• Israel's President Isaac Herzog tweeted: "The State of Israel always stands ready to assist in every way possible. Our hearts are with the grieving families and the Turkish people at this painful moment."
  • White House National Security Adviser Jake Sullivan said the United States was “profoundly concerned” about the destruction in Syria and Turkey. “I have been in touch with Turkish officials to relay that we stand ready to provide any & all needed assistance. We will continue to closely monitor the situation in coordination with Turkiye,” Sullivan wrote on Twitter.
  • The US diplomatic mission in Turkey also expressed “deep sorrow for the tragic casualties and extensive damage caused by the earthquake” in a tweet.
2:24 a.m. ET, February 6, 2023

Death toll from powerful Turkey quake rises to more than 500

From CNN's Isil Sariyuce in Istanbul 

People search a collapsed building following an earthquake in Syria, on February 6.
People search a collapsed building following an earthquake in Syria, on February 6. (Ghaith Alsayed/AP)

More than 500 people have been killed in two countries after a powerful 7.8 magnitude earthquake rocked southern Turkey early Monday.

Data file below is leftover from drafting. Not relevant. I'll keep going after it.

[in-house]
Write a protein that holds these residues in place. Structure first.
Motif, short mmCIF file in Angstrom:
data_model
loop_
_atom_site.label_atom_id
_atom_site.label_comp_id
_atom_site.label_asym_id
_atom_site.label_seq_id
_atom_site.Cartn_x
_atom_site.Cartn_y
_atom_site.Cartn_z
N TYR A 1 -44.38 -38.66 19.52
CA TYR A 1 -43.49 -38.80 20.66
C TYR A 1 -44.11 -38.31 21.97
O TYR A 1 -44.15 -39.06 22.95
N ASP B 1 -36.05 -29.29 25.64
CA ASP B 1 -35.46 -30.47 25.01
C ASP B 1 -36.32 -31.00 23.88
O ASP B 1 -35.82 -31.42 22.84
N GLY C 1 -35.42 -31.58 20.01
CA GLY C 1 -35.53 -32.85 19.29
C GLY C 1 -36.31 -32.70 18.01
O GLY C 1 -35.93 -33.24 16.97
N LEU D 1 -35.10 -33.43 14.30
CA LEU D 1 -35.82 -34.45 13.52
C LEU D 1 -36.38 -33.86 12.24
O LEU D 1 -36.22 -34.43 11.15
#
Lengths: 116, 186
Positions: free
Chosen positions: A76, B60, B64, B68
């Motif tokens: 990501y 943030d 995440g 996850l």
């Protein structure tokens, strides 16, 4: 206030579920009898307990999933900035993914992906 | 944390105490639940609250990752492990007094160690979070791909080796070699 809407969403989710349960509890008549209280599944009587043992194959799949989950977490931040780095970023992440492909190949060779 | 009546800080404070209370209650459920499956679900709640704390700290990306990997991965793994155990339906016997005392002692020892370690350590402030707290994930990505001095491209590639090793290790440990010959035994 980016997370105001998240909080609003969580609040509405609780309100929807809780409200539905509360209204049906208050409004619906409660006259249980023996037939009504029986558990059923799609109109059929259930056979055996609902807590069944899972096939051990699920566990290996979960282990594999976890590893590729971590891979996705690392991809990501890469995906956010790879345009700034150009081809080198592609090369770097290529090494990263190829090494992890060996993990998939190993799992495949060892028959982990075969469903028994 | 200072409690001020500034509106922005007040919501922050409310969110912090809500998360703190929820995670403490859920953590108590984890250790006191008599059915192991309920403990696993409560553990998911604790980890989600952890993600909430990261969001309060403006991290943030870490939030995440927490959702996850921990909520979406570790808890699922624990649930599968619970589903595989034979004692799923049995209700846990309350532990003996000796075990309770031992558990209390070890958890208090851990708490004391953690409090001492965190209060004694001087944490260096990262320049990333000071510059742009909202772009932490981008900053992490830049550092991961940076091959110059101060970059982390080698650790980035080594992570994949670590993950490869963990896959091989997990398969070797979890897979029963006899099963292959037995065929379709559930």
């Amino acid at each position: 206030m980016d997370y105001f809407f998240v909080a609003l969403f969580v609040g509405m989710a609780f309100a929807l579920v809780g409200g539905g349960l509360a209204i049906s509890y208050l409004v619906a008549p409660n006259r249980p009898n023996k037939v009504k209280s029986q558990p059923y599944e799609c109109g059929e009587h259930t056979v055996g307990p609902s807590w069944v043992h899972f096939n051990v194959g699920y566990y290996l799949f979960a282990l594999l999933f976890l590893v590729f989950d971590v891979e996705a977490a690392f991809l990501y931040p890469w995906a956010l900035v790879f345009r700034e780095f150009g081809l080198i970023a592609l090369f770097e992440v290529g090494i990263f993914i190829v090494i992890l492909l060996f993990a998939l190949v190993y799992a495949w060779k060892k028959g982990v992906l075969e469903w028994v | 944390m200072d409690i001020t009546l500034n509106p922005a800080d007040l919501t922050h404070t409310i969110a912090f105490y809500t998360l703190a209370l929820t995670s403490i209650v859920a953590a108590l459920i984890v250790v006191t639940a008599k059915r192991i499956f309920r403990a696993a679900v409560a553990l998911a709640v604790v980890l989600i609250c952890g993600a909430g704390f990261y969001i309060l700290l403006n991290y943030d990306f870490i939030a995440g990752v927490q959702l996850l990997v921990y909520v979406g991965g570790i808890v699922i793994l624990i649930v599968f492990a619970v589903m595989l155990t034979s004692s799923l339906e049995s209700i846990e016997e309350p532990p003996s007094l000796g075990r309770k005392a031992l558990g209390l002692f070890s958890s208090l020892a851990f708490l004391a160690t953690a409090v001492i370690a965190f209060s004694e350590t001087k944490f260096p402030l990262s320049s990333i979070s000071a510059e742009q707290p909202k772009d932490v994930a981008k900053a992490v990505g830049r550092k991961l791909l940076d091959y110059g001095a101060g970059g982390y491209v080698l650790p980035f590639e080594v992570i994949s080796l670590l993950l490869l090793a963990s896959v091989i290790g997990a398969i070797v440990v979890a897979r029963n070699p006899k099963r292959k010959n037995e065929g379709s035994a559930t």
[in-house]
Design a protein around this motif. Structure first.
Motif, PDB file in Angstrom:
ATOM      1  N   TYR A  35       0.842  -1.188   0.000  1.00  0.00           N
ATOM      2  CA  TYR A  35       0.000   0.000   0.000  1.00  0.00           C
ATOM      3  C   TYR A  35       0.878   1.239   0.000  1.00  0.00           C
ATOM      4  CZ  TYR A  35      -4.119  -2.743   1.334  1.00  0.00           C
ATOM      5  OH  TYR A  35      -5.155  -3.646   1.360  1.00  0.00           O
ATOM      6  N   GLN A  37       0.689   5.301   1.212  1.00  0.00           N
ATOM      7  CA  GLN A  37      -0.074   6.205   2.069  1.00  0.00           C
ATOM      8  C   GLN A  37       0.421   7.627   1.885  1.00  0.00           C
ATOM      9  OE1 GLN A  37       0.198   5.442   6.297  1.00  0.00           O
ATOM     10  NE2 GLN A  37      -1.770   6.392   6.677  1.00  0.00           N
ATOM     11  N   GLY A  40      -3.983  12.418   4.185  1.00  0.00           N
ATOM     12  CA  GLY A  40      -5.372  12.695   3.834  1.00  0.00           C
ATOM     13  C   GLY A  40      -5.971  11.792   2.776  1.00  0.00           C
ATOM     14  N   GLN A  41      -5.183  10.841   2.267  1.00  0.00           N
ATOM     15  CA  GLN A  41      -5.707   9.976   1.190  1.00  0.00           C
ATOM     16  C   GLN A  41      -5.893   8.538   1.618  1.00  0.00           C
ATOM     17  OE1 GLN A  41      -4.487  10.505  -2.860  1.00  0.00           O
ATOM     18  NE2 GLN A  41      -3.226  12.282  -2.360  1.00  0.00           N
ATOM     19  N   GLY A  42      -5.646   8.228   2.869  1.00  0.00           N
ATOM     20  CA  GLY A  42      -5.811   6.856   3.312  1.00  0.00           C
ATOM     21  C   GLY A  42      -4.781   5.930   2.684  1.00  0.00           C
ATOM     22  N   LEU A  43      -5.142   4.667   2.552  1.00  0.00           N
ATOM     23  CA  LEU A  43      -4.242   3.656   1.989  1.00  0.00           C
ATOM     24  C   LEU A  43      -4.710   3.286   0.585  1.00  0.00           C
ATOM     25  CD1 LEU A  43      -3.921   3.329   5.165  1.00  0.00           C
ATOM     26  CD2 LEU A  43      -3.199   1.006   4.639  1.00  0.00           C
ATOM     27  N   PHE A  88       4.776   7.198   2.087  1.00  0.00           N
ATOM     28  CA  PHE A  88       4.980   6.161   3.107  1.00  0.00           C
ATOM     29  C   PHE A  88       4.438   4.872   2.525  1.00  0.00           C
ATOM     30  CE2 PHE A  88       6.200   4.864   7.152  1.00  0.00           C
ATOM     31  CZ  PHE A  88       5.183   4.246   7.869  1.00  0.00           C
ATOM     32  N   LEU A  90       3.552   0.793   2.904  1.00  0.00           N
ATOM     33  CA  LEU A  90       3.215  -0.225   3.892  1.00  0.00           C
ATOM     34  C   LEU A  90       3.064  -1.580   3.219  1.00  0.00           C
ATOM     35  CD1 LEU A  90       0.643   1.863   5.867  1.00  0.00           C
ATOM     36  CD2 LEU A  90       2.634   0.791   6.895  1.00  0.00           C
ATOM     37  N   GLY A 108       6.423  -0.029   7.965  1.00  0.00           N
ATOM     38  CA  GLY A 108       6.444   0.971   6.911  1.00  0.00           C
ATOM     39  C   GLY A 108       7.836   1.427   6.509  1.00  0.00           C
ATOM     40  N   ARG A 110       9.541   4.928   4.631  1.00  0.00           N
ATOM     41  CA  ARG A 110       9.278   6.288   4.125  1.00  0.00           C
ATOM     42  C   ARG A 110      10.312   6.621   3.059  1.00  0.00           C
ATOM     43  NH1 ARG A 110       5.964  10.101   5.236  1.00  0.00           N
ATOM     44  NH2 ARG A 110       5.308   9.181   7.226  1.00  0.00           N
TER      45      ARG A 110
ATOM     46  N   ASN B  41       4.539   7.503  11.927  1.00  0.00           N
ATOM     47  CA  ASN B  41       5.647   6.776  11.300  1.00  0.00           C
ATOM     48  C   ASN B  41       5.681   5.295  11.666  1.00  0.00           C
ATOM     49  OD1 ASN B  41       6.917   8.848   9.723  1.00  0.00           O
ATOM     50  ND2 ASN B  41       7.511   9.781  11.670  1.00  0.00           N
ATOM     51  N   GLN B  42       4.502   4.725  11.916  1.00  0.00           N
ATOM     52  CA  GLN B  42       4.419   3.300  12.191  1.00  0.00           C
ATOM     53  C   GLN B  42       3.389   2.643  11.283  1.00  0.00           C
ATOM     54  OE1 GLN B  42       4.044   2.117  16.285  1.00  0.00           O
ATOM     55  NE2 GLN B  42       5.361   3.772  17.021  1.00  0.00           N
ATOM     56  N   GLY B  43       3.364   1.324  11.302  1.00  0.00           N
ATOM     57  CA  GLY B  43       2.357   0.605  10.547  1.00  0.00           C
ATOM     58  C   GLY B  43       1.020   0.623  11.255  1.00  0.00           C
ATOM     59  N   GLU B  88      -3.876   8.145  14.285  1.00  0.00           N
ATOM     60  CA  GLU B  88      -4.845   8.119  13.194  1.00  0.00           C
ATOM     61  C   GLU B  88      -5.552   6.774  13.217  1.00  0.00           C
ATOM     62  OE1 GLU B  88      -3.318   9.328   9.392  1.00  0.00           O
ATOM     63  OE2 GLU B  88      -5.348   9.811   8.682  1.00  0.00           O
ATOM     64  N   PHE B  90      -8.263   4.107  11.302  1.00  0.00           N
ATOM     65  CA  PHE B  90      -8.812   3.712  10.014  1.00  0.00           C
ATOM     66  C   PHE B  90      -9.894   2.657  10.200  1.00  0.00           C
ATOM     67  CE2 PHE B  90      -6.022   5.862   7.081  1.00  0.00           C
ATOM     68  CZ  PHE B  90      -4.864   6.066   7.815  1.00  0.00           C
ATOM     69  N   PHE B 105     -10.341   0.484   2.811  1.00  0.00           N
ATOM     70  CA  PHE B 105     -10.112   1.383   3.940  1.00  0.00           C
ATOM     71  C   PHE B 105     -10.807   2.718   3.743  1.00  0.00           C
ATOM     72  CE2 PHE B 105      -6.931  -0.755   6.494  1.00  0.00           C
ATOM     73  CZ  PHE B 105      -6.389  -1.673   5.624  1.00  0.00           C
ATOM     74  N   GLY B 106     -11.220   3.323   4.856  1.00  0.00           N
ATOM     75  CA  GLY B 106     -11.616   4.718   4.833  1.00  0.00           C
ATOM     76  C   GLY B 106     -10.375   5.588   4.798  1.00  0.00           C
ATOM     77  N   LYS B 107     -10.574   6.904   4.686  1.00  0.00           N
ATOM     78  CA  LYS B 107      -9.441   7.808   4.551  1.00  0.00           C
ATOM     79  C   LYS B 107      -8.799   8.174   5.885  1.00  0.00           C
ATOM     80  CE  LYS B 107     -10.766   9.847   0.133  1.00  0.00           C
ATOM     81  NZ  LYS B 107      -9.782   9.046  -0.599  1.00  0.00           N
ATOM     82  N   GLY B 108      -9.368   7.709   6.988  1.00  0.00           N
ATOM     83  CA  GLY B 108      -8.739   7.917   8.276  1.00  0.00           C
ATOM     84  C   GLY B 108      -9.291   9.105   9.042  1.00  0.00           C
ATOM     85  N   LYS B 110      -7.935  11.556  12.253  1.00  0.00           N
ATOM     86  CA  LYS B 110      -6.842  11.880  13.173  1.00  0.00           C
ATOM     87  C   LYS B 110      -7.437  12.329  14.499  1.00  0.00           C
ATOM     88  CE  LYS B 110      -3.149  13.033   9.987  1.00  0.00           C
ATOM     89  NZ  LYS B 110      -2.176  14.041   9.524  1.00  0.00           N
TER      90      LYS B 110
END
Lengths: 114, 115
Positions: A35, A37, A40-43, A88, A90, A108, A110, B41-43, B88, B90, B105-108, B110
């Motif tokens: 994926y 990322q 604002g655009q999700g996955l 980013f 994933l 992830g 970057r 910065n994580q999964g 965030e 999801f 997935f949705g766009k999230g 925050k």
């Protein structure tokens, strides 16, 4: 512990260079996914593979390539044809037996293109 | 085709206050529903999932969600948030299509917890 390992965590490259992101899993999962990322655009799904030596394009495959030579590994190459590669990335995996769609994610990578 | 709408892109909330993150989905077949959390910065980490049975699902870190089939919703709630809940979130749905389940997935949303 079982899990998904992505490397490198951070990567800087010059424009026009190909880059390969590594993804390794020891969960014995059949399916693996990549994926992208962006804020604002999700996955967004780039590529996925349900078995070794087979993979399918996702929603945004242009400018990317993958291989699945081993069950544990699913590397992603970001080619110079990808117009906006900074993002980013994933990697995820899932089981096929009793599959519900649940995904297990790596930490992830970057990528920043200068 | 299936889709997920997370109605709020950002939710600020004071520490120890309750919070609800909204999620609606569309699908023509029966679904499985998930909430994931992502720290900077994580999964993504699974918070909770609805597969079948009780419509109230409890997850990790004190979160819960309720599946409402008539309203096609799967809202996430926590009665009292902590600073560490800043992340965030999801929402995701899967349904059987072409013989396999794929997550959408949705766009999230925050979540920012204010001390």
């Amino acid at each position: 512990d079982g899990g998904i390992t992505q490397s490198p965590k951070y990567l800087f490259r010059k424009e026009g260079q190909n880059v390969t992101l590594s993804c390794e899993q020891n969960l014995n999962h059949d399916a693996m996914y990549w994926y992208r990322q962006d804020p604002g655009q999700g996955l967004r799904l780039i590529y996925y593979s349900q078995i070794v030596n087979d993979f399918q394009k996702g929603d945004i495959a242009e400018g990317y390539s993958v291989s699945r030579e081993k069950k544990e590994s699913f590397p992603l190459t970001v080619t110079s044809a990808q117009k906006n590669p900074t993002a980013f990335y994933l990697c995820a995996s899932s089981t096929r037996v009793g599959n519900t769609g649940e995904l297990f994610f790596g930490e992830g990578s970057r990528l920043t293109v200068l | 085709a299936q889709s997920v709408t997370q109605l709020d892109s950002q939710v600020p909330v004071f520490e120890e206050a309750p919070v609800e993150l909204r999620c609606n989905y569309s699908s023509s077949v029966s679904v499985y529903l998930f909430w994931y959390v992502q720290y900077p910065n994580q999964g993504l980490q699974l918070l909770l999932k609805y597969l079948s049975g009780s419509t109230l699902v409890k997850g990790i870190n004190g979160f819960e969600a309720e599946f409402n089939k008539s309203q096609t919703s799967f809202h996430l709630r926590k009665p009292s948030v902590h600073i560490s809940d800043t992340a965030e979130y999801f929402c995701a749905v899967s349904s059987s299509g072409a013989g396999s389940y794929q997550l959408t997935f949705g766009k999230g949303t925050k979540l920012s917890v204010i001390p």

At least 284 people have died and more than 2,300 were injured in Turkey, according to the country's Vice President Fuat Oktay. 

In Syria, at least 237 people were killed and 639 injured, Syrian state-run news agency SANA reported, citing a Health Ministry official. 

The total death toll across Turkey and Syria is now at least 521. 

The quake is one of the strongest to hit Turkey in more than 100 years and sent tremors across the region, collapsing buildings and sending residents running into the streets.

More than 1,700 buildings were damaged across 10 Turkish cities, the Turkish vice president said. 

2:06 a.m. ET, February 6, 2023

Hospitals overwhelmed after deadly quake, Syrian American Medical Society says

From CNN's Alex Stambaugh

The Syrian American Medical Society (SAMS) said its hospitals in Syria "are overwhelmed with patients filling the hallways" following the powerful earthquake that struck Monday. 

"There is an immediate need for trauma supplies and a comprehensive emergency response," the relief organization said in a statement.